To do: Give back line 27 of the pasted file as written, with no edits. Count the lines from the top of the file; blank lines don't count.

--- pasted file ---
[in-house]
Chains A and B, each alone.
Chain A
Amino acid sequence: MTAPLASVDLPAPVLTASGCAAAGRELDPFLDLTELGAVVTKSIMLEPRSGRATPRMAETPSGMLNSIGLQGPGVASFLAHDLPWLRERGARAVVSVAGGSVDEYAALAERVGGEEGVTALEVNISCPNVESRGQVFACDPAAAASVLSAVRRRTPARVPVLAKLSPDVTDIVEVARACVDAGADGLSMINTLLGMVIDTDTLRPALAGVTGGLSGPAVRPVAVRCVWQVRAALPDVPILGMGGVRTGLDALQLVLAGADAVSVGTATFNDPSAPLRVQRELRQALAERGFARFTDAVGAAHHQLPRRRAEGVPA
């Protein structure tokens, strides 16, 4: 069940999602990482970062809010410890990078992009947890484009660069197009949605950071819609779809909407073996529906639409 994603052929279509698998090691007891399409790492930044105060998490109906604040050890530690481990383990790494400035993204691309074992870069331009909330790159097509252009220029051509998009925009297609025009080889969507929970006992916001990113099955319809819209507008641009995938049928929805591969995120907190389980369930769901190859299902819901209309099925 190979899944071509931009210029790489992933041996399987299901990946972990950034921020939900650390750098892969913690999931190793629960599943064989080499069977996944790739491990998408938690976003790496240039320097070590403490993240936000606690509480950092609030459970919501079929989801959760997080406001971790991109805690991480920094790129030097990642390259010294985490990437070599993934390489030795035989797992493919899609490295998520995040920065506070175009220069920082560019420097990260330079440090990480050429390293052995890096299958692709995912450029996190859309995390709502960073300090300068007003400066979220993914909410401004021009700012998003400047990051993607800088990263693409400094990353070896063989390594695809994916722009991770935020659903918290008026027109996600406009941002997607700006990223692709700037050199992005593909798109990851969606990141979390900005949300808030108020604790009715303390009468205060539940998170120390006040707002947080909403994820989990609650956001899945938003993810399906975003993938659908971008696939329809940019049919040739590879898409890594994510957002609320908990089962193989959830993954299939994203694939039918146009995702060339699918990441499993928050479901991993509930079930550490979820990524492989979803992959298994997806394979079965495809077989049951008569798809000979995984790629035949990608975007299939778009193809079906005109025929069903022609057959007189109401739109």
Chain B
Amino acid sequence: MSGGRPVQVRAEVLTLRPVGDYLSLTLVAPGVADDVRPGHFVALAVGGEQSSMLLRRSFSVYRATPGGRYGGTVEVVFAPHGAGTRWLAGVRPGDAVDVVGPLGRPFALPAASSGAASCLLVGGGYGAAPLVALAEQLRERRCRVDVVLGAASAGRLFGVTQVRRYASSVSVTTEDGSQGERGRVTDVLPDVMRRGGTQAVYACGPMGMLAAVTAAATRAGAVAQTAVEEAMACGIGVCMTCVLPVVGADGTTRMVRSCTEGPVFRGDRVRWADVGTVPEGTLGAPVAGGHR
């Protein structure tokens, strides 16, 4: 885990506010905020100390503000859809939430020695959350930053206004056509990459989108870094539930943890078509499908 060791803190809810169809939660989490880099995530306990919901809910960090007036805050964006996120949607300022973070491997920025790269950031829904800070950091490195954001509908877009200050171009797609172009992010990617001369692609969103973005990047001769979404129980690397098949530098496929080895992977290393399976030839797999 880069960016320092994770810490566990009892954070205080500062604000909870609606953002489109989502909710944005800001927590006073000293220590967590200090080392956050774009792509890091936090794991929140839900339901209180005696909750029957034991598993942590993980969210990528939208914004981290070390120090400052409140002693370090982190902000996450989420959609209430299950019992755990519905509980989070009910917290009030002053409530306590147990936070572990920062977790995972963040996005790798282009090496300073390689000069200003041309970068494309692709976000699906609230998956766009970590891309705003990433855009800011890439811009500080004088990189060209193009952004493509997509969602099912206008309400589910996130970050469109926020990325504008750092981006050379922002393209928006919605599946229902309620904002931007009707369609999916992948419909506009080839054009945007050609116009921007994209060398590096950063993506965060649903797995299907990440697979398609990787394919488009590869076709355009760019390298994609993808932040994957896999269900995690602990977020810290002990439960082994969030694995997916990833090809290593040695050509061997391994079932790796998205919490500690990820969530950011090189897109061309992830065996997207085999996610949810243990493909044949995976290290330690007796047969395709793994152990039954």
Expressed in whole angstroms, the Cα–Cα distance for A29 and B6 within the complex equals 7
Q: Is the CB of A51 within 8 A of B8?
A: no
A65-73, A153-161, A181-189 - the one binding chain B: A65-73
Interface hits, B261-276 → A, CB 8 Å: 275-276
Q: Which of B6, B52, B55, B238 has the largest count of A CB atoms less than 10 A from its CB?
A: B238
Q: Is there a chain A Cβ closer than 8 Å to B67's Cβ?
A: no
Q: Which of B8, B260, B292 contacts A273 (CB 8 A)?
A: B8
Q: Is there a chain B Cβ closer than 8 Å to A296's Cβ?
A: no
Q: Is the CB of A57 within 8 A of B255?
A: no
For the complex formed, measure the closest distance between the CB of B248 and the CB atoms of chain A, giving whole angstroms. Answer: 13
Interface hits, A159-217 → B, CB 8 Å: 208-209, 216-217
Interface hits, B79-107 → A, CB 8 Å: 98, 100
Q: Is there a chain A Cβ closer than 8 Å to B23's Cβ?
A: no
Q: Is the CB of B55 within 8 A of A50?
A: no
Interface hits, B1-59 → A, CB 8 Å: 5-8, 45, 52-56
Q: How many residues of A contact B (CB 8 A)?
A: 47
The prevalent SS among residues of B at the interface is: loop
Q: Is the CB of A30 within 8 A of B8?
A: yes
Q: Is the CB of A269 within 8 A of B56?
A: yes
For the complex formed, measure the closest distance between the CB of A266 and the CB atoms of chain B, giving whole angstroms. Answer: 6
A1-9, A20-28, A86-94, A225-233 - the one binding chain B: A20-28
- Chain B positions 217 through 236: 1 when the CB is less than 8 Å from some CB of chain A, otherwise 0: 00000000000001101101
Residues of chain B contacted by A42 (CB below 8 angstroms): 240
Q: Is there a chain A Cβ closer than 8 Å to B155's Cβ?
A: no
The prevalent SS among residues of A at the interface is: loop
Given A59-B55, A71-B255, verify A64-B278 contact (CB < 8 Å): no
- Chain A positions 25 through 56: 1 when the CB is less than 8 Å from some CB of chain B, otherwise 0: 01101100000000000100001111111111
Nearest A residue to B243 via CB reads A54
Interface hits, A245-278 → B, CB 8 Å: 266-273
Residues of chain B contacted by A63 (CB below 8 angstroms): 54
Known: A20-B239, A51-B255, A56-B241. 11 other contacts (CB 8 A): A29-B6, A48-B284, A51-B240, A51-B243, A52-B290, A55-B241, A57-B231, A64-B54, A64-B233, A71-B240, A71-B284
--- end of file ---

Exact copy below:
Q: Is there a chain A Cβ closer than 8 Å to B23's Cβ?